Perez Offers Plan To Address Problem, Provide Housing Across Region
By DANIEL E. GOREN, Courant Staff Writer
October 10, 2007
Three years after assembling a commission aimed at ending homelessness in the Hartford region, Mayor Eddie A. Perez presented an implementation plan he says can achieve that goal by 2015.
"This is a city of hope and opportunity," Perez said Tuesday to a crowd gathered at McKinney Shelter in Hartford. "And we are going to continue this legacy."
Shelters in the city of Hartford served more than 4,000 people last year, 20 percent of those children, according to the plan. That does not count what some call the "hidden homeless," or those who sleep in difficult-to-find places such as under bridges or in the woods.
Perez started a study commission in 2004 to develop a plan to end homelessness, resulting in a report that set the 10-year goal.
A second commission was then convened in 2006 to implement the goal outlined in the initial report. That commission, with 18 members, engaged more than 130 volunteers and took a regional approach to attacking the problem, teaming with the 29 member towns of the Capitol Region Council of Governments as well as service providers throughout the region.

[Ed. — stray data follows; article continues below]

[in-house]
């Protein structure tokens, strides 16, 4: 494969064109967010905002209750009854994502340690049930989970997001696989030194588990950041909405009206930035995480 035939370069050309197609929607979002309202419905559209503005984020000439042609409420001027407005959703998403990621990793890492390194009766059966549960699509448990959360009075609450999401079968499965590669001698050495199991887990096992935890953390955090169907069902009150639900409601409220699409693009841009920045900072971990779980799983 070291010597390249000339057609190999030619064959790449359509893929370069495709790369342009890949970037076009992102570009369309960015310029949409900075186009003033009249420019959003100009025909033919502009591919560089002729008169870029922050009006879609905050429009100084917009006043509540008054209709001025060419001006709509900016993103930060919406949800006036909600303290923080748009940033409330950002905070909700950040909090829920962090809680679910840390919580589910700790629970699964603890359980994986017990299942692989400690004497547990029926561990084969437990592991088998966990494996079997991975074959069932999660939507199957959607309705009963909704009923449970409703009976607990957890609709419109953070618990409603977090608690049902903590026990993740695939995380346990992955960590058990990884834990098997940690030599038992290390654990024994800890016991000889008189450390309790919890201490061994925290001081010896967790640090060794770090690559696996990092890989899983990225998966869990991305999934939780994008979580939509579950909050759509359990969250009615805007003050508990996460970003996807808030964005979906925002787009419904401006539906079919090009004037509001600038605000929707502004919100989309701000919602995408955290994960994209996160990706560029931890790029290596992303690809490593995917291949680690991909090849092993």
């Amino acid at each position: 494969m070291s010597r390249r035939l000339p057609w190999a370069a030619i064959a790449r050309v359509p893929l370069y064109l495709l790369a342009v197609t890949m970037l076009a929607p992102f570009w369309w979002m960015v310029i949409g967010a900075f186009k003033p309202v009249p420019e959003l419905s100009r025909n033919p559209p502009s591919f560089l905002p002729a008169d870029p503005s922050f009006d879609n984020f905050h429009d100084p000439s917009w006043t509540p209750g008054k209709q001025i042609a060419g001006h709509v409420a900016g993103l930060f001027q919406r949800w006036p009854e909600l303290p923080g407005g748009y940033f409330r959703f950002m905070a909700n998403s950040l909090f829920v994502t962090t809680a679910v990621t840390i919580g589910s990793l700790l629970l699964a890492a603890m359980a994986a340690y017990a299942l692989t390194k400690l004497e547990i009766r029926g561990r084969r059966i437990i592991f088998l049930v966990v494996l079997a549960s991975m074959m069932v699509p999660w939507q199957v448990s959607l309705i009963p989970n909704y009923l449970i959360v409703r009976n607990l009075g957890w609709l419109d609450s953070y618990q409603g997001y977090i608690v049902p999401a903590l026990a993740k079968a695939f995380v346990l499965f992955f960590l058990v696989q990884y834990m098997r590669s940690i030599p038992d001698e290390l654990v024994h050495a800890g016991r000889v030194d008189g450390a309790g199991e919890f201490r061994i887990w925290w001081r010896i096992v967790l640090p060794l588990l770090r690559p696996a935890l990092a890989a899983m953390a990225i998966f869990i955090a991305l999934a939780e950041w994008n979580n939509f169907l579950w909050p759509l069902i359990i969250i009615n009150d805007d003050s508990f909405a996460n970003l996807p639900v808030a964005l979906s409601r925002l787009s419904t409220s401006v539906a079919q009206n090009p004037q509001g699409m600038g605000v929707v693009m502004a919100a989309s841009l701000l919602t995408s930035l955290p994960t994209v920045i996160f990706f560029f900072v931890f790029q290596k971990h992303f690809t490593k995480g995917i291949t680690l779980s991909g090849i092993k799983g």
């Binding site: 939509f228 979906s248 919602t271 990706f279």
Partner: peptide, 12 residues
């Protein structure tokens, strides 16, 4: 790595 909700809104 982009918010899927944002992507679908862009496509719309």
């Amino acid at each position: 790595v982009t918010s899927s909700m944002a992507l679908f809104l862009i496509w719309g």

"Homelessness knows no geographic boundaries," said William H. Farley, the commission's chairman.
One of the plan's core missions is to build more than 2,000 supportive housing units throughout the Hartford area, predominantly for the chronically homeless.
The plan also calls for rapid re-entry for homeless people, bringing them straight from the street into a new home with support staff and services available. It also calls for a "Homeless Connect" day each year, where the homeless are offered a wide range of services simultaneously, ranging from haircuts and dental work to help finding a new home and job.
Philip F. Mangano, the executive director of the U.S. Interagency Council on Homelessness in Washington, spoke in support of the plan Tuesday. It is no longer true that offering a homeless person a "blanket and a bowl of soup is the best we can do," he said.
Mangano, who is credited with pushing the national perspective on homelessness away from "managing" a problem and toward solving it, said Tuesday that the answer is simple - the homeless need a home.
"What is the central antidote to ending homelessness?" Mangano said. "It's a place to live."
Reprinted with permission of the Hartford Courant.
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